For the record: Grogan's comments
- Subject: [cg] For the record: Grogan's comments
- From: Don Boekelheide <firstname.lastname@example.org>
- Date: Tue, 16 Mar 2004 13:34:34 -0800 (PST)
I'm a great believer in getting the whole story, so
here is the piece Denise refers to. Pretty puzzling,
so I've asked Mr. Groman (interesting name for a
gardener) to explain. I'll share anything I get from
him. His receptionist, Betty, was pretty terse with
I'll reserve judgment until Groman has a chance to
express what he was thinking. Does he really intend to
spend a cool million bucks on fescue and Bradford
pears? That's going to help? The reporter's expression
'oddly suburban' is pretty apt.
Here's the story, from the Philadelphia Inquirer:
D A simple plan to greener, cleaner urban lots
Philadelphia Green will use the $1 million raised at
the Flower Show to help clear and reclaim blighted
By Matthew P. Blanchard
Inquirer Staff Writer
The mind of Mike Groman left the Philadelphia Flower
Show for a moment yesterday and traveled a short
distance to the city's wasted land.
Not so far from these lush plant displays, he said,
Philadelphia has 31,000 vacant lots heaped with trash
and despair. This land must be reclaimed if the city
is to prosper, he said. Every ticket bought at the
Flower Show last week will help him do it.
Groman, 46, heads a program called Philadelphia Green,
which is the sole beneficiary of the $1 million raised
by ticket sales at the Flower Show. The show ended
yesterday after drawing an estimated 250,000 to the
Now Groman's real work begins. During the spring
planting season, Philadelphia Green will reclaim 1,000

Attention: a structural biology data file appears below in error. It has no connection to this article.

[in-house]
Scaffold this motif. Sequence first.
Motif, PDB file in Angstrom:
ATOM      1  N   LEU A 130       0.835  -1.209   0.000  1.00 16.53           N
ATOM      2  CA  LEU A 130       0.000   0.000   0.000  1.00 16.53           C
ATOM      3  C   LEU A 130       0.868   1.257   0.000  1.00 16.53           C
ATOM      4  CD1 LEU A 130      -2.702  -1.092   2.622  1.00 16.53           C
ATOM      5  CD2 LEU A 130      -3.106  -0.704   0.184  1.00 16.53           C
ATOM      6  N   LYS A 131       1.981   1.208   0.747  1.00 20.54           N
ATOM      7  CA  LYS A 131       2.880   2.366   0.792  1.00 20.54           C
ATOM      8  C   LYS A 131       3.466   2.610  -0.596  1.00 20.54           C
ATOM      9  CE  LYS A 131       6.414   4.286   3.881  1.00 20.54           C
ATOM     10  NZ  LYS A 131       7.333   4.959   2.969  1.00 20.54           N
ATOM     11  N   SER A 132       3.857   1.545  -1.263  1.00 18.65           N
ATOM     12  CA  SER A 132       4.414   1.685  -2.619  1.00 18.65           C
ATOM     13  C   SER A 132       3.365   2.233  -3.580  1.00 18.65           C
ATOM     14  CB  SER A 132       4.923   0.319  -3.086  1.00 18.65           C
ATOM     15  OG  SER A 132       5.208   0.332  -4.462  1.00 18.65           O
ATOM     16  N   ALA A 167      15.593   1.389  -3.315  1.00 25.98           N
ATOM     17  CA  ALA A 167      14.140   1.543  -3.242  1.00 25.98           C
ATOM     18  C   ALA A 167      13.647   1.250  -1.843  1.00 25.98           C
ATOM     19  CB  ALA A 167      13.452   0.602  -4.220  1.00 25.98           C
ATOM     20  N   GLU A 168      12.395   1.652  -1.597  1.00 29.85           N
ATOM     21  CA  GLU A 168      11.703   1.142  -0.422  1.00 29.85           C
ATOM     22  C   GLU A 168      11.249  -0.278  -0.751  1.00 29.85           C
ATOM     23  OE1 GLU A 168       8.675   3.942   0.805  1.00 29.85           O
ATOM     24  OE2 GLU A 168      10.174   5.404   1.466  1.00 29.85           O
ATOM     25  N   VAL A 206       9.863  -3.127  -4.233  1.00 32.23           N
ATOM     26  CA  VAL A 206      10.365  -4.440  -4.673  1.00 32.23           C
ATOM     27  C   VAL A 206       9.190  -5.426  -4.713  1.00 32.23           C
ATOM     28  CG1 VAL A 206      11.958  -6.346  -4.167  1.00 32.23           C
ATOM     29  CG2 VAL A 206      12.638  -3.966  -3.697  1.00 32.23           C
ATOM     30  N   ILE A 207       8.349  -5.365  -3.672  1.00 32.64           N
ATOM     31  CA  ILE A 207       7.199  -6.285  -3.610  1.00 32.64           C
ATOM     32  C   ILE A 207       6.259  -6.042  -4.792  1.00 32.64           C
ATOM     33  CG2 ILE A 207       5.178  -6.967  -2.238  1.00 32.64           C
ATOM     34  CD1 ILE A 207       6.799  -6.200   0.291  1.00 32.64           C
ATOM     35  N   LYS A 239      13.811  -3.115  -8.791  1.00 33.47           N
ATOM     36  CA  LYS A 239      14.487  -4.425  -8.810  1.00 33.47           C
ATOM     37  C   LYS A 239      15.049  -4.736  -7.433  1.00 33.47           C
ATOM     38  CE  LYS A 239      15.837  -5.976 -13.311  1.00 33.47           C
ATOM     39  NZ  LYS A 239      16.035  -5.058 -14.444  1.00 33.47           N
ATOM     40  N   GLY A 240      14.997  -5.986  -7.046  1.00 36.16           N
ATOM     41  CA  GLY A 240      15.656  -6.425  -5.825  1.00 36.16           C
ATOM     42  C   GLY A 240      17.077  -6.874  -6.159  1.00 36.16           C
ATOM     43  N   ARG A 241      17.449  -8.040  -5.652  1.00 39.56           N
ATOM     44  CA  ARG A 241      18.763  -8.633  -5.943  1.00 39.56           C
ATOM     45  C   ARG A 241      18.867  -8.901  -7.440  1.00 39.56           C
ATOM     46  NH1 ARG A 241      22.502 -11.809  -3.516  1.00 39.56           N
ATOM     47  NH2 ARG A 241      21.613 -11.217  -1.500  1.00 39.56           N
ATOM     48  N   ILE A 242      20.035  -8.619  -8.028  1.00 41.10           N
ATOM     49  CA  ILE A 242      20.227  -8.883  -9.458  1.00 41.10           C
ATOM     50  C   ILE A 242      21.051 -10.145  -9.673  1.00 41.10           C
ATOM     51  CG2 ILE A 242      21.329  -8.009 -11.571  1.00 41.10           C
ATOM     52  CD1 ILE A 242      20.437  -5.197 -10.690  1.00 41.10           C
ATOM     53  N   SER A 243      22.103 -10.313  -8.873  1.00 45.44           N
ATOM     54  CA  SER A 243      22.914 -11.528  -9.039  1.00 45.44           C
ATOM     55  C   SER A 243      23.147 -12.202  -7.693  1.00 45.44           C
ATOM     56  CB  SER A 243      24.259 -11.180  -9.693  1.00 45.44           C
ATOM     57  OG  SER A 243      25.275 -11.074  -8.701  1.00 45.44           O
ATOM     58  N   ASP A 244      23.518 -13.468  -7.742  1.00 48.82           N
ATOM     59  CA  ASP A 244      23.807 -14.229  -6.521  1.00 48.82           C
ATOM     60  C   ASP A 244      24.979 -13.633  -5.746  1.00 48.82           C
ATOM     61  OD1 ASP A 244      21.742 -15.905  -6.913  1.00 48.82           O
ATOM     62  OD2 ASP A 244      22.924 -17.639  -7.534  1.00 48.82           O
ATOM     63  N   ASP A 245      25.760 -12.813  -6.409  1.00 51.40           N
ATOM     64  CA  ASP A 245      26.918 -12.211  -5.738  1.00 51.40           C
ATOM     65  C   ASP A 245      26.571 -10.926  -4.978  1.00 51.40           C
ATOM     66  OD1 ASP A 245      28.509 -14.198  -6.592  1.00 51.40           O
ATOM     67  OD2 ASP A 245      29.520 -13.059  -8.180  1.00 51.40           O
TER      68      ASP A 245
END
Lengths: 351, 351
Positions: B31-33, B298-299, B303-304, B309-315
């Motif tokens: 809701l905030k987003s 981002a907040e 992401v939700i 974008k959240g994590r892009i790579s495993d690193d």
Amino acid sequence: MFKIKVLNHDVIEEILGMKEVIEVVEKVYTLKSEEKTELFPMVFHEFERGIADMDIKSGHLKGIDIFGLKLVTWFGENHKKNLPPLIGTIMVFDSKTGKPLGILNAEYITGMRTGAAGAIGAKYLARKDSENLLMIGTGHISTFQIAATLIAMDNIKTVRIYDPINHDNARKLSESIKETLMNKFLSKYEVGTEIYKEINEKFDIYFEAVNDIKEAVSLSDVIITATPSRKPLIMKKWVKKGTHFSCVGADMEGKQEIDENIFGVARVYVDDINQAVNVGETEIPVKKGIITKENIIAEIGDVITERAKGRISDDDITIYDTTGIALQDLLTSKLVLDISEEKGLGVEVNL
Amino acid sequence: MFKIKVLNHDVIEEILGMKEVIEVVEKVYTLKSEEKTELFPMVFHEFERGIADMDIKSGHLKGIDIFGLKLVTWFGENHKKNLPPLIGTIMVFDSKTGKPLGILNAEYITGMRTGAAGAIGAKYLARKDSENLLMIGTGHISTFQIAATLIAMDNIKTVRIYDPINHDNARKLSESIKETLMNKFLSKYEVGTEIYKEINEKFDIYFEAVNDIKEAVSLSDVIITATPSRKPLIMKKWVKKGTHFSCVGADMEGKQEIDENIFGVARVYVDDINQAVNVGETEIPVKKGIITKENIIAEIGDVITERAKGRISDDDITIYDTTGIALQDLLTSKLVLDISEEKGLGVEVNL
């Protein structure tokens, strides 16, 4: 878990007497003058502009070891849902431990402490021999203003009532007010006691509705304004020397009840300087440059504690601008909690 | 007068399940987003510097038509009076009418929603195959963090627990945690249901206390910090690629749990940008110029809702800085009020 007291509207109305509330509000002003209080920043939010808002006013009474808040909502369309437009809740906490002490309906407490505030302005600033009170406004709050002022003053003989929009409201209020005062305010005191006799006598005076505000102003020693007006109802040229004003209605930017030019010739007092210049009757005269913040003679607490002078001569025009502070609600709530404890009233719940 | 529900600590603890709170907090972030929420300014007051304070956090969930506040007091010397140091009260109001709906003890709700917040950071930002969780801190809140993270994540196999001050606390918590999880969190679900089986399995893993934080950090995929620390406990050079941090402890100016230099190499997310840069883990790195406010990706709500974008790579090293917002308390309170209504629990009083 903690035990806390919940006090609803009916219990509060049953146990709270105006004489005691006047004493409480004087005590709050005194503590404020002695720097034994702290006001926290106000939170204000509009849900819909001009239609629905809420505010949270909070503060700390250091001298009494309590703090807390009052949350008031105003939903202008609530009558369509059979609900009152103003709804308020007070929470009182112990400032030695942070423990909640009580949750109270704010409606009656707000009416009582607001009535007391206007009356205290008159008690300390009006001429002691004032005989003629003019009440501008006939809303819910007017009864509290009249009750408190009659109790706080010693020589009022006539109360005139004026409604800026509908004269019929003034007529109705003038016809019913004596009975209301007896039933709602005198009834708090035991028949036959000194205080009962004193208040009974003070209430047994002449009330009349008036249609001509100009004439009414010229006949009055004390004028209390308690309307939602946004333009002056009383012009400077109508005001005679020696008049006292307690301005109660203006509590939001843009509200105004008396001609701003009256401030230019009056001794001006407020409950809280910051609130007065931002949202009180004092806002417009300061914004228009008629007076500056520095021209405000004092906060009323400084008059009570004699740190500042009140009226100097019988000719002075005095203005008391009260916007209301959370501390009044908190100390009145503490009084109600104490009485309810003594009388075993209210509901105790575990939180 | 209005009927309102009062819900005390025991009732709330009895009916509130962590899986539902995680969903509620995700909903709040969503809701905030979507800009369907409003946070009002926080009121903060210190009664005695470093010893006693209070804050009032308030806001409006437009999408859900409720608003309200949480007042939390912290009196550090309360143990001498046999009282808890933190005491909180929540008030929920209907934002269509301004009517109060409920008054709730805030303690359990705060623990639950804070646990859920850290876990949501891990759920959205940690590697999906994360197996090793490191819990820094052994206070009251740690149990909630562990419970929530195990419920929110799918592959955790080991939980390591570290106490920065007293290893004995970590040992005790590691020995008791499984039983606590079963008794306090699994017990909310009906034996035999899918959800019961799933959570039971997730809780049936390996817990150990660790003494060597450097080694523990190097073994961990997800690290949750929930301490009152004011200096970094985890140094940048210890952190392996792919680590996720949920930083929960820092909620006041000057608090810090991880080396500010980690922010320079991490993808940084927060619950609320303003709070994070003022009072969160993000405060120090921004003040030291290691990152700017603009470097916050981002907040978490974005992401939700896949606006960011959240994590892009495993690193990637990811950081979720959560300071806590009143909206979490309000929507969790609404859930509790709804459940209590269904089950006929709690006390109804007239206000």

urban lots with a strategy that is strikingly simple
and oddly suburban.
The program, part of the Pennsylvania Horticultural
Society, which runs the flower show, won a $4 million
contract last year from Mayor Street's anti-blight
Neighborhood Transformation Initiative to clean and
seed about one million square feet of land in targeted
The massive task requires a whole new approach to
urban greening, Groman said. The community "pocket"
parks of the 1960s and '70s were too expensive and
rarely maintained. Community gardens are nice but
require too much attention.
Philadelphia Green's answer is simple and cheap. It
clears lots, plants grass, and stabs a few tree
saplings around the perimeter. Lucky lots get
split-rail fences. It has the naked, barren look of a
new suburban development. But in the city, it works.
Neighbors buy the lots as side yards. Developers
suddenly see the site has potential. The total cost is
around $2 per square foot.
"We learned that to prevent dumping on these lots, a
basic level of gardening is better than chain-link
fencing or Jersey barriers," said Patricia Smith,
director of the anti-blight initiative. It's cheaper
The work began in the fall planting season, when
Philadelphia Green cleared 700,000 square feet. Next
week, the spring work will focus on six neighborhoods:
Frankford; East Mount Airy; West Philadelphia (north
of Market Street); the American Street corridor
(borders North Philadelphia); and two sections of
North Philadelphia, one near Temple University and
another just north of Girard Avenue.
Such simple interventions can have a huge impact on a
neighborhood, Groman said, because they affect the
He has seen it happen. Some years ago, Philadelphia
Green cleaned a strip of JFK Boulevard near 30th
Street Station where people used to litter.
Now they picnic on the grass. From his fifth-floor
office window on Arch Street, Groman watches people
act out their altered perception of the spot.
"Sometimes newspapers and trash will blow onto it," he
said. "We've seen people reach down and pick up the
newspaper and put it in the trash, which they would
never have done."
Gardening, he said, is a force for good.
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